Getting to Patagonia was easy enough — duh, we flew from Santiago. Now, getting out of Patagonia is a whole different story. It took us a week in total.
We were stuck in Ushuaia where we had to wait for the first bus of the week. From there, we crossed to Chile, stopping another night in Punta Arenas, and two nights in Puerto Natales, to visit the Torres Del Paine national park. We were still down under, at the bottom of the world. Out of Tierra Del Fuego though. We crossed again to Argentina, leaving Chile for good. A six hours ride to El Calafate, North.
From El Calafate, we bused to Comodoro Rivadavia, a city on the Atlantic Coast, a 15 hours overnight journey. Slept in Comodoro, left again the following day for Bahía Blanca — another 15 hours overnight bus. Another 10 hours and we made it to Buenos Aires, Argentina´s capital. Phew.
In total, we bused over 3,000 kilometers from Tierra Del Fuego to Buenos Aires. It´s not as bad as it sounds: most buses are comfortable double-deckers. Yet, it´s a long long ride.
The bus schedule is totally fucked up in Argentina. A lot of buses leave in the middle of the night (i.e. midnight or later), or arrive ridiculously early (I´m talking 3:00 am or before). These are not an option for us: if we leave late at night, we have to pay a night´s accommodation for nothing (where would we wait with our backpacks?), and arriving early in a new city is not great either. So we have to ask every single bus company for the schedule and price. I think I´m almost fluent saying “¿tiene un servicio de bus a…?”, “¿A qué hora sale el bus ya qué hora llegara?”.
Bus rides are pretty tiring. We try to sleep as much as we can, but between the police check points (“Señores passajeros, por favor, su pasaporte o su cedula de identidad…”) and the many many stops, it is hard to doze off for more than a few hours. Not to mention that at every stop (including gas stations), the driver will yell “cinco minutos, no más” and that we will jump on our sits and run outside for fresh air, a smoke, bathrooms or a snack. The break is invariably longer than five minutes (after all, the driver also has to pee, smoke and eat), and by the time we are back on board, we are too sleepy to be awake and too awake to be sleepy. Tough life, eh?
There are distractions in the bus. Movies for example. On the bus to Buenos Aires, we watched six, I repeat, six Adam Sandler movies, back to back, dubbed in Spanish. To this day, I can not watch an Adam Sandler movie without shivering. I became quite addicted to Podcasts, on the other side: my favorite are from the BBC or American Public Media. Or I read, whenever I have a new book (I use book exchange in hostels). All in all, time goes by fast enough, once you get used to the idea of 15 hours bus rides. We do get hungry, sometimes. If we get the chance, we stop by the supermarket before we leave for basic supplies: water, Coke, cookies… But sometimes, there are no supermarkets or we simply don´t have a chance. We became quite good at not eating but there are times where I would sell a member of my family for a sandwich or a chocolate cake at 2:00 am, lost somewhere on the road.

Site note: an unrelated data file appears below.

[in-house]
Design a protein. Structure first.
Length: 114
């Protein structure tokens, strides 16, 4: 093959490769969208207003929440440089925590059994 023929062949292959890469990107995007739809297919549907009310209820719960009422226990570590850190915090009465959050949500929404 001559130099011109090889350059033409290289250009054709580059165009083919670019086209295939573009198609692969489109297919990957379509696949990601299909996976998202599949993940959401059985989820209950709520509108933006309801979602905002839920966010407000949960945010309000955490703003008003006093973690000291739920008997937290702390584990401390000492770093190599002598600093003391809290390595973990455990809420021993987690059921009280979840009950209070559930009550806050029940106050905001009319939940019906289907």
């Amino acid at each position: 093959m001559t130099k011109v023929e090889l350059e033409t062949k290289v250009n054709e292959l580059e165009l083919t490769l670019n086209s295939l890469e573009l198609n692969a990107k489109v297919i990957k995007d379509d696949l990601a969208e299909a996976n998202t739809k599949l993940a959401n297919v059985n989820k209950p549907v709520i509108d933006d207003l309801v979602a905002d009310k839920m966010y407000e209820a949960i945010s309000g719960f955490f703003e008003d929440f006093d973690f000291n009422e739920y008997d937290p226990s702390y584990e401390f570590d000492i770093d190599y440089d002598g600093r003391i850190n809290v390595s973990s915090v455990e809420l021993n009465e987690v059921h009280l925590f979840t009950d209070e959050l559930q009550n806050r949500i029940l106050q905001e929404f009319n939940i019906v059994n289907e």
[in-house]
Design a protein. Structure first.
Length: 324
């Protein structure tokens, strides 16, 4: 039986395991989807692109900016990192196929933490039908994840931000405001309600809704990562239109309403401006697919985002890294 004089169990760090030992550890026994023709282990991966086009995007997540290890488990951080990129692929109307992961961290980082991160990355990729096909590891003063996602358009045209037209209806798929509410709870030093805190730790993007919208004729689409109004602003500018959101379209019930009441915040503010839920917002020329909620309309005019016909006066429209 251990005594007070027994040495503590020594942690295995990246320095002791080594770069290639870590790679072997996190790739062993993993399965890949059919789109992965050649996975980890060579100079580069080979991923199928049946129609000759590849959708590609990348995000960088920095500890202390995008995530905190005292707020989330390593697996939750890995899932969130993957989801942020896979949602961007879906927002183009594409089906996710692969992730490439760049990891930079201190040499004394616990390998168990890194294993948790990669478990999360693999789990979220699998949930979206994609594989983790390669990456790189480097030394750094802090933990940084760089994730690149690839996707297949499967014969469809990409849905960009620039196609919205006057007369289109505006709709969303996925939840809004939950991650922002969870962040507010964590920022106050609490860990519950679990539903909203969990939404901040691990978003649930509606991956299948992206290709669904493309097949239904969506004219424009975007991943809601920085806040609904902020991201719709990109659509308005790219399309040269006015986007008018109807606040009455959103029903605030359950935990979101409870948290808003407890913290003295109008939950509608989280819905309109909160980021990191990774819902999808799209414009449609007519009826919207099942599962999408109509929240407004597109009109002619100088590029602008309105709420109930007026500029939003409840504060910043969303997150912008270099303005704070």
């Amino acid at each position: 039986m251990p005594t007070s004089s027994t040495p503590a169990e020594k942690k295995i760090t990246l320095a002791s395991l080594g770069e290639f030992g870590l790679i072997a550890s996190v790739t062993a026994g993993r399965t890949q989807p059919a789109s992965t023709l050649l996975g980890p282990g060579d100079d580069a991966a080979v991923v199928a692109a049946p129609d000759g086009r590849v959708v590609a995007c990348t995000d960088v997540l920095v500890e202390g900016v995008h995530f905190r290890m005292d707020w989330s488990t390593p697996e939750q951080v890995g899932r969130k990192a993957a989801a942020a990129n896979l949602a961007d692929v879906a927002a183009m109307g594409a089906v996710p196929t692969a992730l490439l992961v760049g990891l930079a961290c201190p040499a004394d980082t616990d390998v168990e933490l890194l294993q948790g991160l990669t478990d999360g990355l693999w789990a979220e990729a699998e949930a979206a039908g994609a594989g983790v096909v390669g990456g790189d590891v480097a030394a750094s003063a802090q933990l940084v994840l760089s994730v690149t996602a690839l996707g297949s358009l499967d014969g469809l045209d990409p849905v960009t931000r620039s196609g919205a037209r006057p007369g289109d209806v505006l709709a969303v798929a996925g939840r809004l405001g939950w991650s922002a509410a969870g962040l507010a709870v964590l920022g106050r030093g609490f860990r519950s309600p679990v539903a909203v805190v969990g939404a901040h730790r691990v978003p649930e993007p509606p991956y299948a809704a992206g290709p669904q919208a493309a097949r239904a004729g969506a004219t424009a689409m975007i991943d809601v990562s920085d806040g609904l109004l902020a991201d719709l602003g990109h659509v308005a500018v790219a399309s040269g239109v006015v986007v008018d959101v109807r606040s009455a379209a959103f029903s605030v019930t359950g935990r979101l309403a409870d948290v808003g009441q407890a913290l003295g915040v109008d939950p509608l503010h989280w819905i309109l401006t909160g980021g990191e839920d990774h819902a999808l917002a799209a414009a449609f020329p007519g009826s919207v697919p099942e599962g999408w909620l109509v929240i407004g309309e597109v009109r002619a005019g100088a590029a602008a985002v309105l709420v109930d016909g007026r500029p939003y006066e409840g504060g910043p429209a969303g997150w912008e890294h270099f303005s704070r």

Buses are often late, delayed, ahead… It is useless to count the hours. The bus ride from Bahía Blanca to Buenos Aires, for example, drove us crazy. The bus was at 7:00 am, another early departure because we wanted to arrive early in the capital. In fact, the bus only left at 8:30. It was an old bus, and it was dirty: I think it had been on the road for two days straight, coming from Río Gallegos. The stereo system was right about our head, so loud and so annoying… plus, I told you about the Adam Sandler movies thing. Ten hours later, we were getting close to Buenos Aires, way later than expected. That is when the driver decided to first drop off one of the passenger: a 45 minutes detour. Then, he skipped the express way to stop at a suburb bus station. Then, about 200 buses converging together competed to get to Retiro, the main bus station. I had never seen a road jammed with buses before… We were getting really hot and tired and just couldn´t wait to arrive. Hungry, too. We eventually arrived in Buenos Aires three hours later than expected… but hey, at least we made it.
I shouldn´t complain. We are now in Argentina´s capital. It´s 30C, the nightlife is great and I even spotted things I hadn´t seen in a while: a movie theater, a market, cheap internet…
Yeah, I should not complain.